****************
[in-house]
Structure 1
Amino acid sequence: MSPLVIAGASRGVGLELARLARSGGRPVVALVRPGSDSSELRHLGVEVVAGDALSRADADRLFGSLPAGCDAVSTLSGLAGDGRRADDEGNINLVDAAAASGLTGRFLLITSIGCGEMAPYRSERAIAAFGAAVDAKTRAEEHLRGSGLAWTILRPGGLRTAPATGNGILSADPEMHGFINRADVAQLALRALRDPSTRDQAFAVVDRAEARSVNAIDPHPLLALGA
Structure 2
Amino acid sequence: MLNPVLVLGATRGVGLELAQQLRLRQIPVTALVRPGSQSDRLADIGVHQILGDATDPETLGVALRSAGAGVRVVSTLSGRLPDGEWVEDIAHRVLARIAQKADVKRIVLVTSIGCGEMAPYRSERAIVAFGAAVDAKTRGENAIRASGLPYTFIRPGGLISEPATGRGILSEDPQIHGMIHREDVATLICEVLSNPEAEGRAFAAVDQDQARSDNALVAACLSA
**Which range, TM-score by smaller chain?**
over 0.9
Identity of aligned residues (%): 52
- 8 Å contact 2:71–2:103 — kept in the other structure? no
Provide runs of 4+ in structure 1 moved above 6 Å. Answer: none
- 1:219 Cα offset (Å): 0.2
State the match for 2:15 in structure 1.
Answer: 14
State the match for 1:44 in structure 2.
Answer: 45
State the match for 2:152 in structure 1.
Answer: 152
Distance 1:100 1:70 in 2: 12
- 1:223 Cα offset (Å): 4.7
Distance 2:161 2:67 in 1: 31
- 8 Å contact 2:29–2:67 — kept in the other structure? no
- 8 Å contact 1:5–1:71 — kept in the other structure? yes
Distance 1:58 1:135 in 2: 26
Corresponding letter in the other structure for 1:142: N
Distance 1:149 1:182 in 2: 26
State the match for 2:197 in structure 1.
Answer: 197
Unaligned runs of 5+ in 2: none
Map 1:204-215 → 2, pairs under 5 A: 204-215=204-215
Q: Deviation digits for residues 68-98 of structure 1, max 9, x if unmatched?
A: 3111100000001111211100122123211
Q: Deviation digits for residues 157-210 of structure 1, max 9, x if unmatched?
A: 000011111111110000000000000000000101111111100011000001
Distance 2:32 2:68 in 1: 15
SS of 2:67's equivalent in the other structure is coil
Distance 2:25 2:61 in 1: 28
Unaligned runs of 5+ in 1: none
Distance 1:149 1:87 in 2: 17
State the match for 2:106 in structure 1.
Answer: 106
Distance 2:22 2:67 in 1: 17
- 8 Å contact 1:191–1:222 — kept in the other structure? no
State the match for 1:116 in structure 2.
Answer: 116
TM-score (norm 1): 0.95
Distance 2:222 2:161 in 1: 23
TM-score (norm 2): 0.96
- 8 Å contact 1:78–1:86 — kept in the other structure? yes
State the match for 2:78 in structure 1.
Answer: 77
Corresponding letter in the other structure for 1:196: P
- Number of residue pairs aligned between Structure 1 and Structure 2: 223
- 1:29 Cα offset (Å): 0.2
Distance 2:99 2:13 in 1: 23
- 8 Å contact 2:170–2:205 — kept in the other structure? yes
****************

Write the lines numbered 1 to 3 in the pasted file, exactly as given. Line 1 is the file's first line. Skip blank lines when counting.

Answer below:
[in-house]
Structure 1
Amino acid sequence: MSPLVIAGASRGVGLELARLARSGGRPVVALVRPGSDSSELRHLGVEVVAGDALSRADADRLFGSLPAGCDAVSTLSGLAGDGRRADDEGNINLVDAAAASGLTGRFLLITSIGCGEMAPYRSERAIAAFGAAVDAKTRAEEHLRGSGLAWTILRPGGLRTAPATGNGILSADPEMHGFINRADVAQLALRALRDPSTRDQAFAVVDRAEARSVNAIDPHPLLALGA